Tuesday, December 28, 2010

Best Books of 2010?

(photo by Jeffrey Beall, http://www.flickr.com/photos/denverjeffrey/304220561/)

The last week of December is always time to review, and everyone everywhere is putting out their "best" lists. Here's one you may not have seen that may answer that burning question, "What titles have librarians recommended this year?" The EarlyWord blog gives these answers.

(photo by Larry Page, http://www.flickr.com/photos/96029422@N00/3913113032/)

Other best lists are done by Publisher's Weekly, NPR, and Entertainment Weekly, to name a few. EarlyWord comes to the rescue with links to best books for children from 2010.

In looking back at my Shelfari shelf, I discovered that I'd read and recorded more books than I realized, and many of them were good. My love of series continues with these:
Margaret Coel's newest Wind River addition, The Spider's Web;
Alexander McCall Smith's latest Ladies #1 Detective Agency novel, The Double Comfort Safari Club, and
Sue Grafton's latest in her alphabet series, U is for Undertow.

(By DanielZanetti (Own work) [GFDL (www.gnu.org/copyleft/fdl.html) or CC-BY-SA-3.0-2.5-2.0-1.0 (www.creativecommons.org/licenses/by-sa/3.0)], via Wikimedia Commons)

Two authors I follow had new books out this year:
Anne Tyler, with Noah's Compass (I liked it, but not as well as a couple of her others, most notably The Accidental Tourist and Back When We Were Grownups), and
Sandra Dallas, with Whiter Than Snow (I liked it, but not as well as her best--Tallgrass).

The great thing about books is that they're new to me if I haven't read them yet, regardless of when they were published, and I made a couple discoveries from years past: Louise Erdrich's, Plague of Doves and
Ivan Doig's The Whistling Season.

(photo by Linking Paths, http://www.flickr.com/photos/linking_paths/1315032351/)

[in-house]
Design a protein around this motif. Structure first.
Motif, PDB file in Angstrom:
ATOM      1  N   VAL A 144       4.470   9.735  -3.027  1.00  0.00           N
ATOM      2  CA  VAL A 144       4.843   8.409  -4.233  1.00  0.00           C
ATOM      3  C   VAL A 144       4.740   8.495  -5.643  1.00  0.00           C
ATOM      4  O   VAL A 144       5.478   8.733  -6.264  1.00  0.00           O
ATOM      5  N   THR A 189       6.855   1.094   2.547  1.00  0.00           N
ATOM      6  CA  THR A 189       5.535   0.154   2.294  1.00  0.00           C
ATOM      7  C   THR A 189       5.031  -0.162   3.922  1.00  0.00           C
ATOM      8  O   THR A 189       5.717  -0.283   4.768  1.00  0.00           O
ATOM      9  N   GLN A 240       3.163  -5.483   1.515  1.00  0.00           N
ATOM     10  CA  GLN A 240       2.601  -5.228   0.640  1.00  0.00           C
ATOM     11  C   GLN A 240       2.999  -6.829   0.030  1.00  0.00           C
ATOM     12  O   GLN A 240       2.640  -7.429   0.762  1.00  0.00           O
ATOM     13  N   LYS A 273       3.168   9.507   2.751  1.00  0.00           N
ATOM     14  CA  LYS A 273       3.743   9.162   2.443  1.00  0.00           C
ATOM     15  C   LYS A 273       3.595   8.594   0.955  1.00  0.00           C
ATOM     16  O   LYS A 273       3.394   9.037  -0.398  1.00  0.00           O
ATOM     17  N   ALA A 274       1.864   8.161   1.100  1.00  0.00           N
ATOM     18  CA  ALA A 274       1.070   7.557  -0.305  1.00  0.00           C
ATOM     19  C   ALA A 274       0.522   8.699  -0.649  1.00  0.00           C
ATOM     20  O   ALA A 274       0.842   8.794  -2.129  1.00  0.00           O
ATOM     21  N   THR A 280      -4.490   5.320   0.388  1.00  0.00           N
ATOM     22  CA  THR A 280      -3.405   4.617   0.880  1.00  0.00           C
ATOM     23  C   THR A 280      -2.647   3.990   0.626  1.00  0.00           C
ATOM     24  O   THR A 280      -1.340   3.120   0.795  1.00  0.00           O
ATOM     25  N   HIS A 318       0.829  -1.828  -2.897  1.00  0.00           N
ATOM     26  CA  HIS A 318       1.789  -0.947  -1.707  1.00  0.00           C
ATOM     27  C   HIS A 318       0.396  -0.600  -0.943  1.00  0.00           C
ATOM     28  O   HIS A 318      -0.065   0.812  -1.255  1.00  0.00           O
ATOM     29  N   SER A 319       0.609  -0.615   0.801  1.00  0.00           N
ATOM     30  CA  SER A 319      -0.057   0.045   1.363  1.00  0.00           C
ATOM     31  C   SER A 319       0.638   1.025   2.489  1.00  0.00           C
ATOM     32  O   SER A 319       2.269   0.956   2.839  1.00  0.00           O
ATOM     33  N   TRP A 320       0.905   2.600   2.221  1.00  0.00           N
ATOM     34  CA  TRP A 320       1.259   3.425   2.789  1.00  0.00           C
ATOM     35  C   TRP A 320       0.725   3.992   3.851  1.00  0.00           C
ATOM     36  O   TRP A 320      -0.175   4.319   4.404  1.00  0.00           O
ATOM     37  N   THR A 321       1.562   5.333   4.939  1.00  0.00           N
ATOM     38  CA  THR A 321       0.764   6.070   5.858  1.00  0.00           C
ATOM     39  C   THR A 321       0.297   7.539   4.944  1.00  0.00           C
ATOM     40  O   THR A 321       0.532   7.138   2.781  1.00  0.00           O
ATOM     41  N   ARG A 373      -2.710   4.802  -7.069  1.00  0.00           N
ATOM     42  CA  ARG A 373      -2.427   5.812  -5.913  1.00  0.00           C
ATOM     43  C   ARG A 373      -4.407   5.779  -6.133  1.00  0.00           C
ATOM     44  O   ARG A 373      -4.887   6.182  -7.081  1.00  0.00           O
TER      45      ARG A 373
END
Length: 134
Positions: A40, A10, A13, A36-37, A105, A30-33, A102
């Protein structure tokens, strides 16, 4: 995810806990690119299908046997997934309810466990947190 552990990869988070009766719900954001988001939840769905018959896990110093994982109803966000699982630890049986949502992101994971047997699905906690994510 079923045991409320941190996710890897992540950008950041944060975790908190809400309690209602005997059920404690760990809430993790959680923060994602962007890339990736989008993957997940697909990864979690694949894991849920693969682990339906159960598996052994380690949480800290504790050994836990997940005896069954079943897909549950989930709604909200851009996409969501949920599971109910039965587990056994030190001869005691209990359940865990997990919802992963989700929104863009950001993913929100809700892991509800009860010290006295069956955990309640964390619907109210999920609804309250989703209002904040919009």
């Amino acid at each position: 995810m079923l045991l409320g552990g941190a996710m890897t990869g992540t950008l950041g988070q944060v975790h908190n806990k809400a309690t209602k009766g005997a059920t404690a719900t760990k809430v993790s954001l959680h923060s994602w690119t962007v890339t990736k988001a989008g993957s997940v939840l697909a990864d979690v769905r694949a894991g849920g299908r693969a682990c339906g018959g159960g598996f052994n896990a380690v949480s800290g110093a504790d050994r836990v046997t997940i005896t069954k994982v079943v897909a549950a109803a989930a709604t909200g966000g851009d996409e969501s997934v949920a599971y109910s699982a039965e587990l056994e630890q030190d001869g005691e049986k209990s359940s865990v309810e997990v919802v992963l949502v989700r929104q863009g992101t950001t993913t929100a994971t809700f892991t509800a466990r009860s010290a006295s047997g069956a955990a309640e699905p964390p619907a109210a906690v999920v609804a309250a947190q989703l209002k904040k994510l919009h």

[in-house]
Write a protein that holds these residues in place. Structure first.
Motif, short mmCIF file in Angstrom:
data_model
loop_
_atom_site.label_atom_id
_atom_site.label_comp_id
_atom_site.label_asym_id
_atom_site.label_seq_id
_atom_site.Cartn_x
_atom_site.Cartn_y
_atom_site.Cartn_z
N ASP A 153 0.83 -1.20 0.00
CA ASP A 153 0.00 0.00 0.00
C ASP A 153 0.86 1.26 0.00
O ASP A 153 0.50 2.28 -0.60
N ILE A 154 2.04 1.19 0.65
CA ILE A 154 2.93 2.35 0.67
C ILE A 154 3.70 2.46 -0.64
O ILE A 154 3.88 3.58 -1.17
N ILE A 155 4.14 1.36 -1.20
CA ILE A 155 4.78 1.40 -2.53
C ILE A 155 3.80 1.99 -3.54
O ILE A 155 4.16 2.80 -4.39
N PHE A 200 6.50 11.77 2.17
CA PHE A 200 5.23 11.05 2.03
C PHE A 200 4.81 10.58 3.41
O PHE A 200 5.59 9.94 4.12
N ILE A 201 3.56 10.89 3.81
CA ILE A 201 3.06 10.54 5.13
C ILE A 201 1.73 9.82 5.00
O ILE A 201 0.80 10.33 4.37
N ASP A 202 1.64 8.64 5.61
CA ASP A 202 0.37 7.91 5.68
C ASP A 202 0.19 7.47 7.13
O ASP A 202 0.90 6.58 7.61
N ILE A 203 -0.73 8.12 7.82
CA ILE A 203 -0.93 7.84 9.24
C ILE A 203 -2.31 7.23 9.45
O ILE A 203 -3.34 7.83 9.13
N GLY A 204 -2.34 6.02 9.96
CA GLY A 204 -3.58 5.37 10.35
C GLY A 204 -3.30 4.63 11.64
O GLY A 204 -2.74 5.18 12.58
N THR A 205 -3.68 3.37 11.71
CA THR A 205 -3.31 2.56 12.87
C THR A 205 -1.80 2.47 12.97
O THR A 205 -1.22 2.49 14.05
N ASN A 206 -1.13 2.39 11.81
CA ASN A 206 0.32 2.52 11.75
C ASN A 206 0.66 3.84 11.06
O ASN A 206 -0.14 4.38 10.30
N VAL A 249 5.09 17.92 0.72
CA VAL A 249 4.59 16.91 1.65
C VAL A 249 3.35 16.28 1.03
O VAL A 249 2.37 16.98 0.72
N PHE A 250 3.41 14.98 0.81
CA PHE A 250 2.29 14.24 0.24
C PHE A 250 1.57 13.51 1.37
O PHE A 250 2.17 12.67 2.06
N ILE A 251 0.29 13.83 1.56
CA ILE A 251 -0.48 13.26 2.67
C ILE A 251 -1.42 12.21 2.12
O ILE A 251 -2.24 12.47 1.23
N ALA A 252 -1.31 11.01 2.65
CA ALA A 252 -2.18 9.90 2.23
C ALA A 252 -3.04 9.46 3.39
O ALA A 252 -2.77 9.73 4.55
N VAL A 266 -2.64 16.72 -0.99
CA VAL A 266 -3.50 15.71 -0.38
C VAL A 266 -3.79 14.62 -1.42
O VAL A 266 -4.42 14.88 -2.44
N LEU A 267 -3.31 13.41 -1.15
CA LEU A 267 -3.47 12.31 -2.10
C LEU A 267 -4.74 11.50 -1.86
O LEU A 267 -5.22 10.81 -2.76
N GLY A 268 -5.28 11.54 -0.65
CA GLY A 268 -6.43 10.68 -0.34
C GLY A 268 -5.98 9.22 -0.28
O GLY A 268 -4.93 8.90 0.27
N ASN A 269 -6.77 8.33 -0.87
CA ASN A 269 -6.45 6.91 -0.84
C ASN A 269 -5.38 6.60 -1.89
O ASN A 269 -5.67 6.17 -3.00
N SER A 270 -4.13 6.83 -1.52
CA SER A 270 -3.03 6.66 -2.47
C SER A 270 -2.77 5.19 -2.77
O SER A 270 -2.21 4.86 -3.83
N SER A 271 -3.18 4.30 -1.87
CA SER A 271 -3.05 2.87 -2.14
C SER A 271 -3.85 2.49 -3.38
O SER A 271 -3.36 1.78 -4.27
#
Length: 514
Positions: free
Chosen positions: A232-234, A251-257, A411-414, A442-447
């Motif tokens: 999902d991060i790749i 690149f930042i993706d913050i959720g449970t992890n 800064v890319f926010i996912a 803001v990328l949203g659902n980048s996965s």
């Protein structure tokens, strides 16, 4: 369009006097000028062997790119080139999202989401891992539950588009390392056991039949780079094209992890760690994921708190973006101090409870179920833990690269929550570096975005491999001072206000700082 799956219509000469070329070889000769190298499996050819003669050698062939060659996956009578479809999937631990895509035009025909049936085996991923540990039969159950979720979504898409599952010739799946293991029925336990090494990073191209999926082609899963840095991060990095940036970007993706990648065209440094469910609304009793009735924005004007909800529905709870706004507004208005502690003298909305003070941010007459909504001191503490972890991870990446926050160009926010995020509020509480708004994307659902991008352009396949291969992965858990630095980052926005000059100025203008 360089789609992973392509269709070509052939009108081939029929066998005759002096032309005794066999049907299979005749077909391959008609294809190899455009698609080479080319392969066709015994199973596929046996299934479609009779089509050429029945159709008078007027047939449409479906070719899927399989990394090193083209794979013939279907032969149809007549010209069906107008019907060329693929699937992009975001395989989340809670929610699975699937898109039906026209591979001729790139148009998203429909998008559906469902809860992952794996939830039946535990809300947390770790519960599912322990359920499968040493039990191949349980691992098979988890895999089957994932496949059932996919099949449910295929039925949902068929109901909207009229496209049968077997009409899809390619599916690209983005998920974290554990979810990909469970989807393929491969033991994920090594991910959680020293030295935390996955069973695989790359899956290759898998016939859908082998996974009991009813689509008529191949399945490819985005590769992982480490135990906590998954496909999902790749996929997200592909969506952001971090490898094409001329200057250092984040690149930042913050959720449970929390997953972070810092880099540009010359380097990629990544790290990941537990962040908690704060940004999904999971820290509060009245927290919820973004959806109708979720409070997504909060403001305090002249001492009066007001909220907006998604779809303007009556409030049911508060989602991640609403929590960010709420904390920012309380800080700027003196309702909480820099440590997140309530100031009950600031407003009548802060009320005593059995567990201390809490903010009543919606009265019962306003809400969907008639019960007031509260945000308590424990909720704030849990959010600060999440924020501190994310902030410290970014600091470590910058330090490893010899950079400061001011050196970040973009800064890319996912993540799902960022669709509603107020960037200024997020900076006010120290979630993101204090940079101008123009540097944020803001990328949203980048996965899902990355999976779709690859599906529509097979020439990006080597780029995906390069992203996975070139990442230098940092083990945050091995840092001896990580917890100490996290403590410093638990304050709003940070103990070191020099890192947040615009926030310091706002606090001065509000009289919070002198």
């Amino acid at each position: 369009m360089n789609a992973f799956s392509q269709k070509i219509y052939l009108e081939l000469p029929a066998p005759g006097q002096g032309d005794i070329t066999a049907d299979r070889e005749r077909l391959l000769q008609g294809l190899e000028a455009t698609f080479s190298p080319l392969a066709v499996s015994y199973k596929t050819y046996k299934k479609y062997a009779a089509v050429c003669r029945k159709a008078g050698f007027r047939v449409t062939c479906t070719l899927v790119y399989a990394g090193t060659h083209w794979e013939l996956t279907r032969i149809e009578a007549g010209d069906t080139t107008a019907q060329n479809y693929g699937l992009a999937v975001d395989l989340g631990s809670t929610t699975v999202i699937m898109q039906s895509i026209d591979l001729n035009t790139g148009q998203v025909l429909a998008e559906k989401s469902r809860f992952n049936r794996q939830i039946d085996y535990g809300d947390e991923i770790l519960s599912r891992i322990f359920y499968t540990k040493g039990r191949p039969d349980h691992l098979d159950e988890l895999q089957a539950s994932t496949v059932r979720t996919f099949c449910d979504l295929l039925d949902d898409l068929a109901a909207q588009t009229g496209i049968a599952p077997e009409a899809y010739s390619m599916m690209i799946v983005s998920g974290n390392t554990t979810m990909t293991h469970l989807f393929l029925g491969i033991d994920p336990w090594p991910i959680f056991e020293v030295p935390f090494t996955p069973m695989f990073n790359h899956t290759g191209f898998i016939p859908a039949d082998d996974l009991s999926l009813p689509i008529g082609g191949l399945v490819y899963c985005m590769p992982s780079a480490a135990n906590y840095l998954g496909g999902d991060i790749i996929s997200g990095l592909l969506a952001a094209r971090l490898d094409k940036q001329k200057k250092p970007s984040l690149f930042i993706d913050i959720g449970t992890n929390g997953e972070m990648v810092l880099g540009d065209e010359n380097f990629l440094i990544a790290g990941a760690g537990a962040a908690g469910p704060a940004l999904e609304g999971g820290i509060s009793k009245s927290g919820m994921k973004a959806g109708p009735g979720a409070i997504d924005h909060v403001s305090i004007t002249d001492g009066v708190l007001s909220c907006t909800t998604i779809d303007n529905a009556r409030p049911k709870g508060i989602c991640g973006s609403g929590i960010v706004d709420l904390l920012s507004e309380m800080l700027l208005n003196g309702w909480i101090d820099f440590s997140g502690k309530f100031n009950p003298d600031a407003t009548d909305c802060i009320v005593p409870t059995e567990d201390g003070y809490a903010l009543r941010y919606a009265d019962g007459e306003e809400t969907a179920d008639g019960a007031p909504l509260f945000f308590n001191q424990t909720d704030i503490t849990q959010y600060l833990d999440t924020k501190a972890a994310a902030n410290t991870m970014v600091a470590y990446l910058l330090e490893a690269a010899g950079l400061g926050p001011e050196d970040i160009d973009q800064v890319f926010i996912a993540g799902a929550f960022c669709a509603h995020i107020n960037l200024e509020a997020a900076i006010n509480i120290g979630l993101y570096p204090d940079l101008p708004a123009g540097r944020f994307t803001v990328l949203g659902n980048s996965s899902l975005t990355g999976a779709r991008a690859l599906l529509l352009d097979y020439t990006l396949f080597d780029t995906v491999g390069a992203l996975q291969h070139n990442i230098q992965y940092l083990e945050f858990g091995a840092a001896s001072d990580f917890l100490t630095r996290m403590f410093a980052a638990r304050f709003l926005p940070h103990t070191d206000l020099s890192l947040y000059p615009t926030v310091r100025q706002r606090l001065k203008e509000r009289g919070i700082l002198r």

Could I pick one? Mmm...no; each was right for the time I read it. And that's my New Year's wish for you, whether you are reading paper or ebooks or reading aurally, may you find the right book at the right time! What books are on your "best" list this year?

Sunday, December 19, 2010

Christmas Tree Magic

(photo http://www.sxc.hu/browse.phtml?f=view&id=223106)

Have you put up your Christmas tree yet? This tradition dates back to 14th century Eastern Europe and comes to the US from Germany and England.

Though Christmas trees have been controversial--are they pagan or Christian? Are they environmentally friendly? Should they be real or artificial?--they never fail to delight.

Our entire state celebrates by decorating trees at the Capitol. My colleagues and I got a chance for a quick tour this month. Each tree is decorated by a town or organization, with ornaments depicting a certain theme.

Some towns celebrating special anniversary years have town families' pictures on their ornaments, such as the tree from Bristol. The Operation Military Kids tree has ornaments made from military dog tags. Even the tree toppers go far beyond the typical angel or star. The tree from the town of Claremont, in the northeastern part of the state, has cattails on top, representing the slough country surrounding the town.

The spectacular South Dakota tree was decorated by the SD State Historical Society and commemorates the Capitol's 100th anniversary. My colleagues and I appreciated the creativity of our fellow state citizens and were impressed by the splendor of rows and rows of trees. See more here.